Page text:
As an employer there are things you have to worry about that you didn’t when you were self-employed; paying tax, payroll services, as well as HR and employee support systems. Having the right tools for your small business to remain efficient as its employee base grows is important. Using cloud based systems for your payroll services and accounting can assist you in staying up to date with all your legal tax obligations.

payroll payslip

But before you employ a new person you need to register as an employer with IRD. Once that’s sorted you to ensure you’re set up to pay PAYE tax, KiwiSaver, child support payments, and any other automatic deductions from an employee’s wages.

SmartPayroll’s online payroll software can automatically deduct these components from a person’s wages and detail them in the employee payslip. Legally you have to show how you’ve calculated your employee’s wages, and SmartPayroll also does this automatically, including it on the employee’s payslip.

Induction – from payslips to tea breaks

Once your employee’s contract and payroll administration is sorted you’ll need to get their first day, or week, induction planned. It’s always hard starting a new job, and it’s even harder if you don’t know what’s OK and what’s not in terms of flexibility of working hours and breaks.

Here’s a quick checklist for you to run through on your employee’s first day:


  1. Confirm: start and finish times, break times and durations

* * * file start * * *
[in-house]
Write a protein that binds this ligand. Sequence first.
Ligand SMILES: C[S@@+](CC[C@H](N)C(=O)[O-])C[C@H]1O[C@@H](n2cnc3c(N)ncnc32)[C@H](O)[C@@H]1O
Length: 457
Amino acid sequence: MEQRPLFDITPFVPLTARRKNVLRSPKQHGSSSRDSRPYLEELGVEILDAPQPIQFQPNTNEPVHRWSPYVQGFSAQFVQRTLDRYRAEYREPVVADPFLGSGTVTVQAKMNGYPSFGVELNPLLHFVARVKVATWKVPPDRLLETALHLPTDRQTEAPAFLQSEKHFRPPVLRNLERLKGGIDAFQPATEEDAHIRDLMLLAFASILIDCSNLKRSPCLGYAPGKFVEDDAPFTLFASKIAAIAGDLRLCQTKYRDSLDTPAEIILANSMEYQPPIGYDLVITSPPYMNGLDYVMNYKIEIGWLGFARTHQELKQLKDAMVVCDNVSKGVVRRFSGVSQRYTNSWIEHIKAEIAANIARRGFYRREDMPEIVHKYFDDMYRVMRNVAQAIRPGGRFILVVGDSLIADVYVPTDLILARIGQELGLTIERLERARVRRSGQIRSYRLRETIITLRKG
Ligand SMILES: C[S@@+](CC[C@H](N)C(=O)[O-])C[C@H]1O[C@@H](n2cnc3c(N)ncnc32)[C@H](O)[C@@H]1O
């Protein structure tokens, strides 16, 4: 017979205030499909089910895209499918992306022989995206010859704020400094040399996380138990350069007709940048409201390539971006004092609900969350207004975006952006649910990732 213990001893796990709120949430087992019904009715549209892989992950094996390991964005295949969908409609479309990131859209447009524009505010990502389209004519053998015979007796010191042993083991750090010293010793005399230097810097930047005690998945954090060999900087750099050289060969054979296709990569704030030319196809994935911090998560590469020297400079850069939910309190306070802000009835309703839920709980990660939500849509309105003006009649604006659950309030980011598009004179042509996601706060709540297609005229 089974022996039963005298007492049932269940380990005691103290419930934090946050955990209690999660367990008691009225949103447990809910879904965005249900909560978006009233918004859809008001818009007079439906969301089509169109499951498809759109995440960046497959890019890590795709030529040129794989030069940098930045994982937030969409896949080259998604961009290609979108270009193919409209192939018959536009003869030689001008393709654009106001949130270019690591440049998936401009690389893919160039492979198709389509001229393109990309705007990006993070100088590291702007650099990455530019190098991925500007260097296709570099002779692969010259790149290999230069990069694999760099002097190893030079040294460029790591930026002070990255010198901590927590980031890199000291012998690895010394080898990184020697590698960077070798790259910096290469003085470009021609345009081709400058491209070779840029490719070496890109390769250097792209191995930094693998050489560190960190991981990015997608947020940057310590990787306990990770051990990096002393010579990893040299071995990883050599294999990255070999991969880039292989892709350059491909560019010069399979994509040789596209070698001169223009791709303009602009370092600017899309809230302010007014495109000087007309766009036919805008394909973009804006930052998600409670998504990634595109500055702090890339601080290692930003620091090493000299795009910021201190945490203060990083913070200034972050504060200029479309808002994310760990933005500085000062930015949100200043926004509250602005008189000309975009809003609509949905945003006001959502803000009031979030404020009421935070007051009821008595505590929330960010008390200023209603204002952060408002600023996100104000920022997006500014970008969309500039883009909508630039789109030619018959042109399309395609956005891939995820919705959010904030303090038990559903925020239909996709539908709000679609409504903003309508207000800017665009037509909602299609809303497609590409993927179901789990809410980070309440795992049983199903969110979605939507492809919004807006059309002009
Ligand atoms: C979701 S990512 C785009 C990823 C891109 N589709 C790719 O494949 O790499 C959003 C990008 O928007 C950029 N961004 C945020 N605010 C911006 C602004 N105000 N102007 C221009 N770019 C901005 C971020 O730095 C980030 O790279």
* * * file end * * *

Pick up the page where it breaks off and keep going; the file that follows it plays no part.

2. Contact details: confirm your employee’s preferred contact details – including how they will contact you in the event of illness and whether it’s OK for you to contact them on their personal number about ‘work stuff’.
  3. Workplace Rules: talk to them about any specific rules, policies or conditions of your workplace, including dress code and whether Friday drinks is a ‘thing’ or not.
  4. Health & Safety: brief them on any safety procedures, workplace hazards, and the evacuation plan.

Settling in – how to make it easier

Make your new employee feel welcome. If you have an existing team then consider having a morning tea or assigning a workplace buddy to show them the ropes. If they’re your first employee then try going out for lunch to get to know them a bit better – after all you’ll be working in close quarters, it’s important you get along.


With any new employee you should make sure you regularly check in with them to see how they’re doing. It’s also good to consider doing this in both an informal and a formal setting: ask them how their weekend was, how they’re feeling after their first week, how they’re getting on with the new office equipment. Regular check ins help you to build rapport with one another and make it easier to address any performance issues (or highlights!) during the course of their employment.


Get your employee payroll sorted

If there’s one thing on people’s minds when they’re starting a new job it’s their first pay. Often people are going to be holding out between the exit pay from their last job and the first pay at their new one. So make sure you get it right from the very beginning with SmartPayroll.